Following a collapse in equity and property prices in the early 1990s, Japan underwent a period of financial sector distress culminating in a full-blown systemic banking crisis in 1997. The long period of economic stagnation accompanying the period of financial sector distress is frequently referred to as Japan’s ‘lost decade’. ‘Dealing with a banking crisis: what lessons can be learned from Japan’s experience?’ examines Japan’s policies in dealing with its banking crisis during the 1991–2004 period.
Making extensive use of the statements, memoirs and interviews of the Japanese policymakers of the time, the article draws a number of lessons. It argues, for instance, that forbearance – by regulators and by banks themselves – may have increased eventual losses at banks, underscoring the need to ensure that banks are adequately capitalised to withstand plausible stress scenarios. It also concludes that resolving uncertainty over banks’ asset valuations and bank recapitalisations were crucial for restoring market confidence. The article also considers Japan’s experience with credit support measures as well as the need for a macroprudential policy authority to choose the timing and the form of intervention appropriately by taking into account the impact of monetary policy.
The Prudential Regulation Authority (PRA) aims to ensure that insurers are prudentially sound in order to minimise risks to the stability of the financial system and allow policyholders to expect that claims will be met with a high degree of confidence. The PRA uses a forward-looking, judgement based approach — considering what could go wrong in the future. Business model analysis (BMA) helps the PRA in this approach by exploring how a firm plans to make money, and what risks it takes in so doing. ‘The role of business model analysis in the supervision of insurers’ explains the potential use of BMA in the supervisory process by considering two case studies:
•The rise of price comparison websites, or ‘aggregators’, in the motor insurance market. Aggregators accounted for around 33% of all motor insurance sales in 2012, having only first appeared around a decade earlier. While this structural change has helped keep costs down for customers, it has also introduced risks that the PRA must consider as part of its supervision.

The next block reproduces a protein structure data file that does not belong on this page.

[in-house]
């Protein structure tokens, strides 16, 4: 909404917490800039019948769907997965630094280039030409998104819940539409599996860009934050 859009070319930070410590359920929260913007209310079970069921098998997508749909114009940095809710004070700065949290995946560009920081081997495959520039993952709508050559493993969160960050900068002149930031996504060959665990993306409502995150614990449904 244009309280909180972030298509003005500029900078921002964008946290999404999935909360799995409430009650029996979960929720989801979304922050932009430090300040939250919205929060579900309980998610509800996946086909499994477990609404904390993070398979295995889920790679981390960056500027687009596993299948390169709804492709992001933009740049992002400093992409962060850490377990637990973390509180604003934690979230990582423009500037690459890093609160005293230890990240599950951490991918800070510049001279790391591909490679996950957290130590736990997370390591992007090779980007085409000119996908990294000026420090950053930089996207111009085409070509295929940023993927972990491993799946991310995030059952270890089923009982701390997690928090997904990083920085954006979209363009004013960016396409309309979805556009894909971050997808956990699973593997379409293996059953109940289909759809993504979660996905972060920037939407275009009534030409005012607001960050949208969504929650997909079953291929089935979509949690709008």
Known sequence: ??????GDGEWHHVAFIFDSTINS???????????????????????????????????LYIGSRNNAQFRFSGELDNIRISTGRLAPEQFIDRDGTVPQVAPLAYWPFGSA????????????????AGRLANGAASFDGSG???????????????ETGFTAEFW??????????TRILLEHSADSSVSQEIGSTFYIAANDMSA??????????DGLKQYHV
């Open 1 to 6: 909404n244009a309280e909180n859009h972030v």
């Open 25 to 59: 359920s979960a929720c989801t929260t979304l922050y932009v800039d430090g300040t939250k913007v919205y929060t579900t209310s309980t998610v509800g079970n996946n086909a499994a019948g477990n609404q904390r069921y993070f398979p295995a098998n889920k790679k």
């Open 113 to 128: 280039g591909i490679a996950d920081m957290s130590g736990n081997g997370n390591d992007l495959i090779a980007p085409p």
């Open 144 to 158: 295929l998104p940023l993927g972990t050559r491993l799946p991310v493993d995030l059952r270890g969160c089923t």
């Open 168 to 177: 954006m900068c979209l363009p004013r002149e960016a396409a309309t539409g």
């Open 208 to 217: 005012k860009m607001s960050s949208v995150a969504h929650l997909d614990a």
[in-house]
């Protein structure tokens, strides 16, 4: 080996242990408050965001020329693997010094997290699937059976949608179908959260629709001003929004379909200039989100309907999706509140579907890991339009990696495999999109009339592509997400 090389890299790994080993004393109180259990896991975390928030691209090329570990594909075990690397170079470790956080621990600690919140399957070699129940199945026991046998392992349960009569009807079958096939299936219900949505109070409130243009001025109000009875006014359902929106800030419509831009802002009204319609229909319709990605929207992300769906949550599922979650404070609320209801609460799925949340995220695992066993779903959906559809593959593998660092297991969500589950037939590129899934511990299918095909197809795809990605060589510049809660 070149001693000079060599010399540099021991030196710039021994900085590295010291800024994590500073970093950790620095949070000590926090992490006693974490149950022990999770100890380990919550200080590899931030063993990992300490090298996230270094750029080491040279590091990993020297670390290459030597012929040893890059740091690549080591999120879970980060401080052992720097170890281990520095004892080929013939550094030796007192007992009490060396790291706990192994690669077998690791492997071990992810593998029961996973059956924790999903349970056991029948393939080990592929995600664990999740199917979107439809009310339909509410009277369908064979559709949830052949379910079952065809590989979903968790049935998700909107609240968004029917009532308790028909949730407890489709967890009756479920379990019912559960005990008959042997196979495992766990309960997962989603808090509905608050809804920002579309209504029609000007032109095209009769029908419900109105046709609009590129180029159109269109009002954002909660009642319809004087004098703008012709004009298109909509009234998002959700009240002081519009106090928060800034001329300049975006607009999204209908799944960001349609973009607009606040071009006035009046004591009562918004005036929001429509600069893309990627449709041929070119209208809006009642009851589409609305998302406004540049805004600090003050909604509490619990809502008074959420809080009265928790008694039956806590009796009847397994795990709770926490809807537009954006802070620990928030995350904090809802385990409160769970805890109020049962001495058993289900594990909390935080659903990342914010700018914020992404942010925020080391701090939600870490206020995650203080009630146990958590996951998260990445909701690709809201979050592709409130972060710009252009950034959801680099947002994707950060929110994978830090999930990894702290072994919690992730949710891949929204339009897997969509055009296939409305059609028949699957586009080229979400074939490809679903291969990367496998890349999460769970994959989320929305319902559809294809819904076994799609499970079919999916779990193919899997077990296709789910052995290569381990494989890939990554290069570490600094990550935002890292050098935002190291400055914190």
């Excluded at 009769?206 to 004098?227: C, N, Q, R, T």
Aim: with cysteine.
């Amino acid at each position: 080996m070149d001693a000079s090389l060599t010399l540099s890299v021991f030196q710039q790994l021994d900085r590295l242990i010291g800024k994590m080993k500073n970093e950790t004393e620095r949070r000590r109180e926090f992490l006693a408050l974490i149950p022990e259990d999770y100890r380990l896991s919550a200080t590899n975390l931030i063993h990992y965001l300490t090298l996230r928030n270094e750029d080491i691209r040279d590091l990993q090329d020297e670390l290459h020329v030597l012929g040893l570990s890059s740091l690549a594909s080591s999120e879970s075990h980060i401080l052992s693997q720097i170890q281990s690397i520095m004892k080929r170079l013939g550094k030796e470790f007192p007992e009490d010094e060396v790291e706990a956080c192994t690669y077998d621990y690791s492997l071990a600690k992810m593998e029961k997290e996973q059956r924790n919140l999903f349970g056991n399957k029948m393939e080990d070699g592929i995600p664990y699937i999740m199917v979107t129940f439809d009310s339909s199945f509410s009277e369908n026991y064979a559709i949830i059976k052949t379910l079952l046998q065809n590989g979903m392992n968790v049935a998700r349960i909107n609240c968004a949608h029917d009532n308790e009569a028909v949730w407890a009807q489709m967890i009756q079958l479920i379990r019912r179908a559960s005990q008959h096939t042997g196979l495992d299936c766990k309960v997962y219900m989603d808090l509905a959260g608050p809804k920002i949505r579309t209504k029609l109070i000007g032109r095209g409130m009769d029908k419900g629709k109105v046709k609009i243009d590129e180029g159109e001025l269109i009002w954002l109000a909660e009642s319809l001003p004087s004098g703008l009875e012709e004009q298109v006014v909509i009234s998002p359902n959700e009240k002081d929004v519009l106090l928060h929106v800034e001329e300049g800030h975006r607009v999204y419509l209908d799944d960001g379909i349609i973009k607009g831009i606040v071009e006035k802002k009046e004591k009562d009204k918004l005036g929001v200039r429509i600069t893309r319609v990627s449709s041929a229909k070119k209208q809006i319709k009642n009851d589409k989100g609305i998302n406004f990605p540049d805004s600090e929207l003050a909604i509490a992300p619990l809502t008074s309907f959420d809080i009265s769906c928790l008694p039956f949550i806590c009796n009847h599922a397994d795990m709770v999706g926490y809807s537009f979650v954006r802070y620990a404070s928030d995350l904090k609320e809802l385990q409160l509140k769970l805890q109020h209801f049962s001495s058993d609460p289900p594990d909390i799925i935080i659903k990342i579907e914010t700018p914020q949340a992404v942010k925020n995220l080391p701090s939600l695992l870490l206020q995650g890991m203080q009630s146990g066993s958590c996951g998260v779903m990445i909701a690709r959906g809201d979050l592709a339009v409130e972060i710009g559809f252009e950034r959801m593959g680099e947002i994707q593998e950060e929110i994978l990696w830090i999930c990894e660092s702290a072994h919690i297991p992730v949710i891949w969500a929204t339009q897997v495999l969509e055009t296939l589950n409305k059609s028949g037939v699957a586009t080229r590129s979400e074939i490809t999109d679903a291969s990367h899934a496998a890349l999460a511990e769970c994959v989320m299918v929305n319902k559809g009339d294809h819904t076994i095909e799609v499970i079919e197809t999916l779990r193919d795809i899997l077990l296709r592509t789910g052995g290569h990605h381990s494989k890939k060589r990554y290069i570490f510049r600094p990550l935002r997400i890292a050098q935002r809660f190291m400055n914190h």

•The growing market for ‘non-standard’ annuities that can offer improved retirement incomes for those in poor health. These products accounted for around 30% of total annuity sales in 2012, compared to 12% in 2008. However, they present a number of risks for insurance companies. For instance, those selling non-standard annuities are particularly exposed to improvements in the lifespans of those in less than average health, meaning that insurers could incur large losses if they underestimate future medical advances, say, or the number of smokers who later go on to quit.
This type of BMA helps the PRA to consider whether a firm’s profits are in line with the risks it is taking and, where necessary, to respond pre-emptively on the basis of what could go wrong in the future.
Over the period since its foundation in 1694, the Bank has amassed an extensive collection of artworks, coins, medals, banknotes and myriad other objects, mainly acquired in the course of its business. ‘Curiosities from the vaults: a Bank miscellany’ presents a few items of intrigue from a new exhibition that will run in the Bank’s museum from 31 March to 12 July 2014. These include a secret ballot box designed by the Bank’s architect, Sir John Soane; a saddle bag that may have belonged to Lawrence of Arabia; and signed high value banknotes from distinguished visitors to the Bank – from Prince Frederick of Prussia in 1842 through to George Eliot, President Nelson Mandela and, in December 2012, Her Majesty the Queen. Taken together, it is hoped that this collection of curiosities provides an interesting snapshot of a unique public collection.
The Q1 edition also features articles on ‘Nowcasting UK GDP growth’, which presents Bank staff ‘nowcast’ estimates for the current quarter of GDP growth that have featured in the Inflation Report since May 2013; ‘The Court of the Bank of England’ by Sir David Lees and John Footman, which tracks the evolution in the role of Court since the Bank’s foundation and over the past 20 years especially; and the regular ‘Markets and Operations’ article. It also includes the primer on money and the article on money creation that were pre-released on 12 March.